You’ll find some other shallow squarebills on the market with a free-floating—if you will—weight transfer system. But I’ve never been too crazy about them. When that plug collides with a piece of cover, these internal weights will often slide to the back of the lure and become stuck, which drastically affects its balance and deflection properties.
Responsive to rod angles and retrieve speed
This is something that I’ve become pretty picky about over the years. Common sense dictates that, the higher your rod tip and the slower your retrieve, the shallower a crankbait will run and vice versa. But for some odd reason, that’s not always the case.
The SPRO Fat John 60 was designed to run in the 1 to 3-foot range. That’s certainly it’s “sweet spot”, but depending upon your rod angle and retrieve speed, you’ll be able to expand its range considerably.
When I rig this crankbait on a 7-foot, medium-action casting rod with 12-pound fluorocarbon, I’ve been able to glance the bottom in rougly 4 1/2 feet of water and, on a rare occasion, 5 feet. Conversely, when used on a 7-foot, medium-heavy casting rod with 15-pound fluorocarbon, you can create a nice “waking” action on the surface, allowing you to quickly dissect extremely shallow water.
As far as deflection properties go, I wouldn’t consider this a crankbait you can cast into the middle of a bush without any snags. It’s definitely an all-terrain crankbait, but the rounded edge of its bill does present a few limitations, but if you’re a proficient shallow cranker, I don’t foresee you having any real issues with it.
Take it out of the package and go fishing
It’s always a major “plus” for me when I can fish a crankbait without making any modifications to it. Again, I’m picky with ‘em, so it’s becoming a rare occurrence for me these days. I’m happy to say, however, that fishing with the Fat John 60 has been fairly straightforward—remove it from the package, tie it on a cranking rod and go fishing.
Its hooks are exceptional, in my opinion.They’re No. 3 Gamakatsu trebles and they retain their sharpness quite well. If you’re crashing it into a bunch of cover, you can expect the hooks to remain sharp for several fishing trips. When I’m using this crankbait in a tournament situation, I’ll change the hooks a time or two throughout the day, but remember—I’m weird about that stuff. I’m sure it’s not really necessary, but old habits die hard.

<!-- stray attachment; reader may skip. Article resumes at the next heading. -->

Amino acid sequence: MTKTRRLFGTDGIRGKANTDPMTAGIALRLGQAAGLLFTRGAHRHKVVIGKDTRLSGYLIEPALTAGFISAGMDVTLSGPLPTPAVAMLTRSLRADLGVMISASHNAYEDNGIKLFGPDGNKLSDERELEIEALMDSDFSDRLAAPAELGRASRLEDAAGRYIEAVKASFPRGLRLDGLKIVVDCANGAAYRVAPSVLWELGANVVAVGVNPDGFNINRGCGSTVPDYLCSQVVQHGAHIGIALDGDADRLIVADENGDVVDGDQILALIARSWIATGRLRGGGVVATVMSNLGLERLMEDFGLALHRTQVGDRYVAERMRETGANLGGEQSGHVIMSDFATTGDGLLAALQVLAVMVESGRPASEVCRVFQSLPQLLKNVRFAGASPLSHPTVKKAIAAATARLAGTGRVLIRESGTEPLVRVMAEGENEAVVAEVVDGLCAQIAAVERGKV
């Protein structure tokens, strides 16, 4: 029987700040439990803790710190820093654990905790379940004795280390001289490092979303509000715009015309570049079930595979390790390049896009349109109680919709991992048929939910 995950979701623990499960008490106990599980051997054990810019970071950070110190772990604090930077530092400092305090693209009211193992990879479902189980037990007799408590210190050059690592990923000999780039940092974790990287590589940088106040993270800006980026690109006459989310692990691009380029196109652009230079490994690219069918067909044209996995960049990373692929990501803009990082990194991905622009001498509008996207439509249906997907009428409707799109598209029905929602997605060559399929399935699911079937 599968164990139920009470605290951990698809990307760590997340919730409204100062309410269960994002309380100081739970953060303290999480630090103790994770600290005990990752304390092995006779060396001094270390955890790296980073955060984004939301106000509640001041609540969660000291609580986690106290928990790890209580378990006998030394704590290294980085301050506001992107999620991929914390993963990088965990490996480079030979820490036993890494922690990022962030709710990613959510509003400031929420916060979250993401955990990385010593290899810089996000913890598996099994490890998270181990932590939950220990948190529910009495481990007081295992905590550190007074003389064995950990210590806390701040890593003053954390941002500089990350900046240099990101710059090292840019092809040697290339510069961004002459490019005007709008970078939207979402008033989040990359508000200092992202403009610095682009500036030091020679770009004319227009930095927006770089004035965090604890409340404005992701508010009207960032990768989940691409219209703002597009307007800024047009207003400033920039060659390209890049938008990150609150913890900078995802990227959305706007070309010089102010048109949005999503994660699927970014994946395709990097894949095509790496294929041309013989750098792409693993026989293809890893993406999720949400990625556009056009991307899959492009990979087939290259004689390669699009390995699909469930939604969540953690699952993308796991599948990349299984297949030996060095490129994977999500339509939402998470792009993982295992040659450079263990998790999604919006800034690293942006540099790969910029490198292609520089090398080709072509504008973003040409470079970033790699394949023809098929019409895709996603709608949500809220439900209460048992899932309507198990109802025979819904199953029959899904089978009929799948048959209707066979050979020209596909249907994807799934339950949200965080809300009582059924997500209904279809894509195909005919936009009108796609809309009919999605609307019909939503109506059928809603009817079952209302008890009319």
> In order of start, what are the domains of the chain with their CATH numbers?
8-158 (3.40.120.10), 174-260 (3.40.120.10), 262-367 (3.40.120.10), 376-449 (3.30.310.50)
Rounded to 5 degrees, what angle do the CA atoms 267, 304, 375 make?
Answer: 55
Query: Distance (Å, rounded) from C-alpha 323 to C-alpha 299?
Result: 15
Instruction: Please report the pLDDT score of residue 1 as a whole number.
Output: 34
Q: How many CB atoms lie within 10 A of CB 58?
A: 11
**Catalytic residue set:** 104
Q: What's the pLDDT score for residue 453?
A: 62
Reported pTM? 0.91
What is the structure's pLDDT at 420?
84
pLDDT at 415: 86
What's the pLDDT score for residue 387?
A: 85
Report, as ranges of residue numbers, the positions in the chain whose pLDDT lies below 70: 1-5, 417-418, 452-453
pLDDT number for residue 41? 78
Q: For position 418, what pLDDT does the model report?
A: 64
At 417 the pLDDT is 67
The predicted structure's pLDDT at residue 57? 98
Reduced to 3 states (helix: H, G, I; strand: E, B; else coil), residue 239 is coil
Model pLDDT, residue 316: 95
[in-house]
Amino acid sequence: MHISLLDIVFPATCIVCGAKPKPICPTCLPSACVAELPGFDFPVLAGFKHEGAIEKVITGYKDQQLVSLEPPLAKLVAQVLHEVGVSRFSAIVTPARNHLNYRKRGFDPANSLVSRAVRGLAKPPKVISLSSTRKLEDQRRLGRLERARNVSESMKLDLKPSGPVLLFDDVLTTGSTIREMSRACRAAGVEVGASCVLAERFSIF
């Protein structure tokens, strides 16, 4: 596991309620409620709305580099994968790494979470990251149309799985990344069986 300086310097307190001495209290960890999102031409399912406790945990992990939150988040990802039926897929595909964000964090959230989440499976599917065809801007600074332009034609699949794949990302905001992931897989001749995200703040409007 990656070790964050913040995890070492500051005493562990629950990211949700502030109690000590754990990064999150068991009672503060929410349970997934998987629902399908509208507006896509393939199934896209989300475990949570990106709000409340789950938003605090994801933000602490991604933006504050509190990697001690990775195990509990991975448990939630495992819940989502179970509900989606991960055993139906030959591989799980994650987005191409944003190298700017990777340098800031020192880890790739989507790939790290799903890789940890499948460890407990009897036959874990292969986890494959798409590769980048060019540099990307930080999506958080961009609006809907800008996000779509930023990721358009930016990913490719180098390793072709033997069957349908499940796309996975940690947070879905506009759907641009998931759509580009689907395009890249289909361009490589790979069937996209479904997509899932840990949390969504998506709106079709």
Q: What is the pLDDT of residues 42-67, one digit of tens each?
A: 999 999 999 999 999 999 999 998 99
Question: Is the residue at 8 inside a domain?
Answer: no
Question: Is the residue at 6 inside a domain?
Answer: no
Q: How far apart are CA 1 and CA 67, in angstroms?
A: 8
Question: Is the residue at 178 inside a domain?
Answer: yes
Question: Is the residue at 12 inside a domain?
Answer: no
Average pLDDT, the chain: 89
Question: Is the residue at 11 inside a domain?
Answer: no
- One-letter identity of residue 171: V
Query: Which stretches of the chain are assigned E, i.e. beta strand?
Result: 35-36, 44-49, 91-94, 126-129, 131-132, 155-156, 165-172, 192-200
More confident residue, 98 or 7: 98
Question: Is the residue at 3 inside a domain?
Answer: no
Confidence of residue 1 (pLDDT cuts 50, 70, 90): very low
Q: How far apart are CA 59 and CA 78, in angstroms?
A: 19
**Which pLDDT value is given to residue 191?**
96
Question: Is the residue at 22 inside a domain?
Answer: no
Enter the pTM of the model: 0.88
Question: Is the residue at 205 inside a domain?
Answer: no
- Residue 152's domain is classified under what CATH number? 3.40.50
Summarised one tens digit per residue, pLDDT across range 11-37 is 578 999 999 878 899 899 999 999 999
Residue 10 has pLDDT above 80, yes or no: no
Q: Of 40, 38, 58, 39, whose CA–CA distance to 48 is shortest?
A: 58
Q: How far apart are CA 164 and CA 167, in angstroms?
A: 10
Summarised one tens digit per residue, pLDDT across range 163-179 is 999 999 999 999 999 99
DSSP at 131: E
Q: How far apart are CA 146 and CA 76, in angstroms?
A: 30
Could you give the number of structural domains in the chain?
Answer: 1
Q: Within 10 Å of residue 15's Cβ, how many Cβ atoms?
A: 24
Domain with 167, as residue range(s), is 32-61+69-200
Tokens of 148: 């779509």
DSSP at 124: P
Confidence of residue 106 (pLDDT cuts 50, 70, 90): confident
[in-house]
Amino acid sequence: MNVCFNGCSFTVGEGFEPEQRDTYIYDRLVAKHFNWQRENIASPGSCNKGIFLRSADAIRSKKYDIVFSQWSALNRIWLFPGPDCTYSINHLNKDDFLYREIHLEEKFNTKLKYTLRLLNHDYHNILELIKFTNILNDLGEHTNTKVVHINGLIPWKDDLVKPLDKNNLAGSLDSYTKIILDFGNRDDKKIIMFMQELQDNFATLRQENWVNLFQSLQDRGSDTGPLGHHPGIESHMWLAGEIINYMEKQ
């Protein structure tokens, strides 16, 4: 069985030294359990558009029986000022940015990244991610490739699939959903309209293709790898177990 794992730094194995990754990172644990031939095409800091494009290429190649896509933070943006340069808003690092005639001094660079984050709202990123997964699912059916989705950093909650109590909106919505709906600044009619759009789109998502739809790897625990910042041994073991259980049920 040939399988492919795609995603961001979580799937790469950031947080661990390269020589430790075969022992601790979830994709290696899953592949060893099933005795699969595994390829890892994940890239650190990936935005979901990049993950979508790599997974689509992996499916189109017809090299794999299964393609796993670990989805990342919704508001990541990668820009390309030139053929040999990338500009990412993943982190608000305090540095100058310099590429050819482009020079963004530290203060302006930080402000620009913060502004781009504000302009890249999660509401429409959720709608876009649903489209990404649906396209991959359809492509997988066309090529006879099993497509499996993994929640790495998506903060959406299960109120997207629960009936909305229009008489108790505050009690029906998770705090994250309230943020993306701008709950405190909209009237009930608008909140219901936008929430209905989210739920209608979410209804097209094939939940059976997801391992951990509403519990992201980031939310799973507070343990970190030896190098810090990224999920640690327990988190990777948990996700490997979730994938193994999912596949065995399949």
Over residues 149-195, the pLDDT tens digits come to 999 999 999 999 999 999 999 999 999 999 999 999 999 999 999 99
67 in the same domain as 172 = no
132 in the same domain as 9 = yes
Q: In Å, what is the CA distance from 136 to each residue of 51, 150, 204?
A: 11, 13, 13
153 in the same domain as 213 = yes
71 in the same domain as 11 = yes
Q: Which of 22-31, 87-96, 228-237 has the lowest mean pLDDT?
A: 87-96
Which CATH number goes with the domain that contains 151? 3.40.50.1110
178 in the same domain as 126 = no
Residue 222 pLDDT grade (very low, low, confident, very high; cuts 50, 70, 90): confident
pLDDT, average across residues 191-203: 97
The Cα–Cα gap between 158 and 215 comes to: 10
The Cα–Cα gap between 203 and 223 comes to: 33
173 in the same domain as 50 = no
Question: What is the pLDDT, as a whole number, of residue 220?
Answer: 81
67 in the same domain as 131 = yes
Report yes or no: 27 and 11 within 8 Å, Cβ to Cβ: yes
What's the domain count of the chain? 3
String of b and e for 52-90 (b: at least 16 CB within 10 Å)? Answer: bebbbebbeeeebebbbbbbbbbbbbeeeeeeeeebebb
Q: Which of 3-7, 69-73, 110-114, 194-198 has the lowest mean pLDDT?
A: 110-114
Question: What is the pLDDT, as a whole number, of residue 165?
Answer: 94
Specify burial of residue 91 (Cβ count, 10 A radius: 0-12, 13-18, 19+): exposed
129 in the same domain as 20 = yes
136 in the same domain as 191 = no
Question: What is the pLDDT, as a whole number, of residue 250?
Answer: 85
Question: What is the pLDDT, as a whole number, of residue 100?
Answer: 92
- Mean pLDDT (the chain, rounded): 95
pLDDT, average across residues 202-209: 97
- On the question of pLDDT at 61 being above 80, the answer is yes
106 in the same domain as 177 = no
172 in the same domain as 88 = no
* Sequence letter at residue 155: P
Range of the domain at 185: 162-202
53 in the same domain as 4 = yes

It's not wimpy
Crankbaits equipped with circuit board lips aren’t always known for their durability. Using this material instead of some sort of polymer often requires a bit of sacrifice—you’re going to give up a little durability in favor of more erratic action.
The Fat John 60 actually surprised me with its durability. When crankbaits are designed like this, the weakest point is often found at the connection point between the bill and the body. Sometimes you’ll notice cracking or separation in this area, but as of the time of this review, I haven’t had that issue.
The finish of this crankbait has also proven to be quite durable—more so than the Little John 50, actually. You’ll notice very little hook rash and a few teeth marks after some good afternoons on the water, but nothing major whatsoever. I haven’t experienced any chipping, cracking or spider webbing since using this lure.
I think the Fat John 60 is certainly worthy of consideration when making a purchasing decision. I’m sure some folks will bag on the price point, but I don’t see a problem with it. You’re getting a circuit board lip, premium split rings, awesome Gamakatsu hooks and a tungsten weight for $10.79. Everyone has different ideas of affordability, but after catching as many bass as I have with it, I’d honestly pay $15 for the thing.
All in all, it’s a solid crankbait that I really believe you’ll enjoy.